A world wide web of communication - but Yahoo! tells its staff to get back in the office

Boss of internet giant bans working from home - weeks after she built childcare facilities in her own office

Jonathan Brown
Tuesday 26 February 2013 20:54

It could rank as one of the supreme ironies of the internet age. Silicon Valley pioneer Yahoo!, which helped bring the digital communication revolution to the toiling masses, has banned its staff from working from home.

To add an extra twist, the edict outlawing remote operations which has infuriated parents previously able to juggle childcare with their careers has come under the watch of Marissa Mayer, corporate America’s most celebrated working mother, who returned to the office just two weeks after giving birth to her first child.

A memo sent last week by the company’s head of human resources told Yahoo! staff that they had until the summer to migrate back to the company HQ in Sunnyvale, California, or forfeit their job amid mounting concern that workers were “hiding” from bosses who had lost track of who was supposed to be where and doing what.

“To become the absolute best place to work, communication and collaboration will be important, so we need to be working side by side,” the memo stated. “That is why it is critical we are all present in our offices. Some of the best decisions and insights come from hallway and cafeteria discussions, meeting new people, and impromptu team meetings.”

Chief executive Ms Mayer, 37, who once ranked her priorities as God, family and Yahoo!, is charged with turning round the company which has been eclipsed by rivals such as Google. She is said to have become frustrated at the sight of the half-full company car park emptying rapidly at 5pm each day – not least after building her own nursery next to her office to allow her to put in longer hours.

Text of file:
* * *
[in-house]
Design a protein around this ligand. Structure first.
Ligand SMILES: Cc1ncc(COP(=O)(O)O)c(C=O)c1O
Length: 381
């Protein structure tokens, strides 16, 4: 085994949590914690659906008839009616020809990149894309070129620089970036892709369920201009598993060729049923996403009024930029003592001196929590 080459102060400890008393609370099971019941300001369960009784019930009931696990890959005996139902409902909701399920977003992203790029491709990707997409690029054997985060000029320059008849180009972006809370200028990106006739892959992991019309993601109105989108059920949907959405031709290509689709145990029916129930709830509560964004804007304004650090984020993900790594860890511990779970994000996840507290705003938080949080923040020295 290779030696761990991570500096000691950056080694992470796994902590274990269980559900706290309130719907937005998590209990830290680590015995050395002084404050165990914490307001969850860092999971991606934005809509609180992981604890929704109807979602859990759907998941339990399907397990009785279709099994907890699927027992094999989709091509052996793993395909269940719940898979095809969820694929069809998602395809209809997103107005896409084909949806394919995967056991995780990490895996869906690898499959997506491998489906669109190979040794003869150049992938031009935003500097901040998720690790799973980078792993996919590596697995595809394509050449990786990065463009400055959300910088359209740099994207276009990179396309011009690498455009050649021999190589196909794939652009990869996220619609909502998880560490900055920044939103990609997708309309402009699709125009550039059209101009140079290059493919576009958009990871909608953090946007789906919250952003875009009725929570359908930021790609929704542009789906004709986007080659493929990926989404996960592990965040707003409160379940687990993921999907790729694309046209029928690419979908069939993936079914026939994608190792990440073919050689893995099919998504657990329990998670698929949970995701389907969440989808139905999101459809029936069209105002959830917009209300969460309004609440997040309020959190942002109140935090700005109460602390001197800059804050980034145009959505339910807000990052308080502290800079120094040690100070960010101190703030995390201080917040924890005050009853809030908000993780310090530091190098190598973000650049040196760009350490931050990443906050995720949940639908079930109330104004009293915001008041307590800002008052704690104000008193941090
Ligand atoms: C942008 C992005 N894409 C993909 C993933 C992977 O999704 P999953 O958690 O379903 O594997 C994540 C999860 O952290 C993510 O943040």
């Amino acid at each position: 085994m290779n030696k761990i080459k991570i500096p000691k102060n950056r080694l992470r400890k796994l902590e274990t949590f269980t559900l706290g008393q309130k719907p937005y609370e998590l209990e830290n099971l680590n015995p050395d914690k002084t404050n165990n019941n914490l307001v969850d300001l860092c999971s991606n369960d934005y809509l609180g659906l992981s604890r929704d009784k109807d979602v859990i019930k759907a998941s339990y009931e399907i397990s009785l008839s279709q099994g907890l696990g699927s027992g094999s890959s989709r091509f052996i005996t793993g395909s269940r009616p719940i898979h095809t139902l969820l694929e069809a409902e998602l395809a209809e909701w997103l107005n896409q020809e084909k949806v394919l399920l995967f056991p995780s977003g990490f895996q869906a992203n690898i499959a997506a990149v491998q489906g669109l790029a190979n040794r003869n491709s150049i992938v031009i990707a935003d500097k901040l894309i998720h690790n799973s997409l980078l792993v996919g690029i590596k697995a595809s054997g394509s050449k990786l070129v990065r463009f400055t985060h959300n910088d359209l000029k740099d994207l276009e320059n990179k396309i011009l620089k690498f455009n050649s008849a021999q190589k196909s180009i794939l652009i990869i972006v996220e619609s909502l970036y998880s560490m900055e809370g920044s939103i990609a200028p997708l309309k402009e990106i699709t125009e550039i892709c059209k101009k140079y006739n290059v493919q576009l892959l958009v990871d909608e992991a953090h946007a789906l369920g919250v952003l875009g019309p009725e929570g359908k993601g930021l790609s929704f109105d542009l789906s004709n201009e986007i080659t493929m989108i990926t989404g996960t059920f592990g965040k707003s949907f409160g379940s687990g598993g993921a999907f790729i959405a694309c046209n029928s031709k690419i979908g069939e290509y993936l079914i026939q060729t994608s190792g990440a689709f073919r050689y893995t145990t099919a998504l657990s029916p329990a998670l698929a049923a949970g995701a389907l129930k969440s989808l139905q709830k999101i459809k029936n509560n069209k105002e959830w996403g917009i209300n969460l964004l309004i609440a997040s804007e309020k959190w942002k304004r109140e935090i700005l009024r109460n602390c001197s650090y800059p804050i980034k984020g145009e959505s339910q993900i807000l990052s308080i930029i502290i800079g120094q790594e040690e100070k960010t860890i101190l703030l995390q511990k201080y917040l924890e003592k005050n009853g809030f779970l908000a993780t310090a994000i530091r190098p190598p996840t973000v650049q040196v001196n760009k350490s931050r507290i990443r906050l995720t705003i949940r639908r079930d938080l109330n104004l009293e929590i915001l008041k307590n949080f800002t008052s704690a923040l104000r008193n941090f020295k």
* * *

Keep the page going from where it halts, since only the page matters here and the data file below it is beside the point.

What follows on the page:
But one anonymous member of staff said female employees would be hit hardest. “When a working mother is standing behind this, you know we are a long way from a culture that will honour the thankless sacrifices that women too often make,” she wrote.

Some analysts have suggested the back-to-work diktat could be a covert way of reducing staff numbers and restoring a competitive work ethic at the company which employs 11,500 people in 20 countries. However, the move was described by Virgin tycoon Sir Richard Branson as “perplexing” and a “backward step”.

“If you provide the right technology to keep in touch, maintain regular communication and get the right balance between remote and office working, people will be motivated to work responsibly, quickly and with high quality,” Sir Richard said.

A recent study by the Chartered Institute of Personnel and Development (CIPD) found that flexible employment was now common in British companies, with 54 per cent offering home-working on a regular basis.

Ben Willmott, head of public policy at the CIPD, said there was a powerful business case for allowing workers greater freedom.

“The evidence shows that where people are able to benefit from flexible working they are more likely to be engaged and go the extra mile at work,” he said. “They have lower levels of stress and are more likely to stay with their company,”.

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